Read a Dutch version of this blog on EOS Wetenschap: 'De wetenschap achter waardering'

2 Comments

Suzanne van de Groep
Posted by Suzanne van de Groep on March 8, 2018 at 16:28

Dear Rosa,

Thank you for your comments and your critical notes. I agree with you that it is important to acknowledge that there are more sides to praise, and that it is important to explore these nuances. I also agree with you that compliments are most valuable when given in an honest way, and that the motivation behind praise can affect the effect it has on people. I think most of us would agree that it is not desirable to decrease self-esteem and increase narcissism in children by giving to many compliments that might not even be true.

However, my goal with this blog was to make people understand why praise feels good and what possible benefits of praise are, and especially to also make them reflect on their own behavior. For example, I worked as a manager for several years and many of my colleagues and subordinates told me that praise - when accurately timed and honest - compliments really helped them to stay motivated, to reflect on their work performance, and to create a positive work environment, and that they viewed a lack of praise as undesirable. So, I agree with you that there are some conditions which determine whether praise will have a positive effect for the receiver, but I also believe that in cases where these conditions (i.e., accurate timing and honesty) are met, praise can have predominantly positive outcomes and should therefore not be discouraged by default.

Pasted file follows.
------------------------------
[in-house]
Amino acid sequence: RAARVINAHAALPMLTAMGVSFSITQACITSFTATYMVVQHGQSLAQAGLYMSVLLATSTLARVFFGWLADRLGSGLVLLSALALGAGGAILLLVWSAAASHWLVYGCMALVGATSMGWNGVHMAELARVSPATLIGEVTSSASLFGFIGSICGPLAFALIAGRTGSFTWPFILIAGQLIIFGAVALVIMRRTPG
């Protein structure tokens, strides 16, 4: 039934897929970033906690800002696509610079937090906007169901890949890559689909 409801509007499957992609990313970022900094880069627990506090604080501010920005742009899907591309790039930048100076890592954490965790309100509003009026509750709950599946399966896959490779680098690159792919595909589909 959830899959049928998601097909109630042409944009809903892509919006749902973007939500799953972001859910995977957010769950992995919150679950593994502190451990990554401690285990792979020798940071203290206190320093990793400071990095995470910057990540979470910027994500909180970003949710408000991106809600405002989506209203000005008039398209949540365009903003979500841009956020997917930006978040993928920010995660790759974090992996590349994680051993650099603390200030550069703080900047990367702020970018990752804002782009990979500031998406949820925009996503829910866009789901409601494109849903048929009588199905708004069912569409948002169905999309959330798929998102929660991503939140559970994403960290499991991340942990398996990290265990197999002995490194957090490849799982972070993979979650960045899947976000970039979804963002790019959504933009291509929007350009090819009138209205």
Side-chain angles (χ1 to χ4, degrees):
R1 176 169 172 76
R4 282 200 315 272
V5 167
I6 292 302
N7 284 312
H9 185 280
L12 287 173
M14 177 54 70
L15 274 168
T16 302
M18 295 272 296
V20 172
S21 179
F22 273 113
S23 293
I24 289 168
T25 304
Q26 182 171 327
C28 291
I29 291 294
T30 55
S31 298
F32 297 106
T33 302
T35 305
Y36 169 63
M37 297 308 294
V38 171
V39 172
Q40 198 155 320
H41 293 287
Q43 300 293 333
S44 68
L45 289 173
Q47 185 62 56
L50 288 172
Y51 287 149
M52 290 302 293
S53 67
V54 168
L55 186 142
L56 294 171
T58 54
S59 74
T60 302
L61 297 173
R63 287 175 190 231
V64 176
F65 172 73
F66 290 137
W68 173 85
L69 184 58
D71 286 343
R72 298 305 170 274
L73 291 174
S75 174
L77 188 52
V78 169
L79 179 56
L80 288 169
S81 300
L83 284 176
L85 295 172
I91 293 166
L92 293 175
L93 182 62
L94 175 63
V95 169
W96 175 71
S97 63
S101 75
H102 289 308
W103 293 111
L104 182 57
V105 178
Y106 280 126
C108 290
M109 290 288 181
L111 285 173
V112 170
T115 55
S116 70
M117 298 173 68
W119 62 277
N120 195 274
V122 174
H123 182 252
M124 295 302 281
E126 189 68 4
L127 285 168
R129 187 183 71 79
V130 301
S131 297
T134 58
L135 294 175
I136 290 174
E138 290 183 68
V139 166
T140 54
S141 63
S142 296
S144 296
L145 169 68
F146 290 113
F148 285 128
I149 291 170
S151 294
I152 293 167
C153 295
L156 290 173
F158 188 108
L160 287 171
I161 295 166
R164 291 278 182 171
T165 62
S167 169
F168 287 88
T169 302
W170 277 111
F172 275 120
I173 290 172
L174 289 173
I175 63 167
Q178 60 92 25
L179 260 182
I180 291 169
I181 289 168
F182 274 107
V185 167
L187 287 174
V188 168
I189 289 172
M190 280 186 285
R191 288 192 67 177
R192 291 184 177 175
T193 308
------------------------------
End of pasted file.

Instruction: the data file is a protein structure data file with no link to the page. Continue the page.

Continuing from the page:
Perhaps praise could be addictive to some people, and as such it could in some cases shift attention to social approval instead of other important things, such as solving problems or learning from your own mistakes. However, I think that this does not always have to be the case, especially if the praise-giver is able to balance honest compliments with constructive feedback. In that case the praise-giver can create both a positive environment and make the other person feel better, as well as provide opportunities to solve problems and to help someone else learn.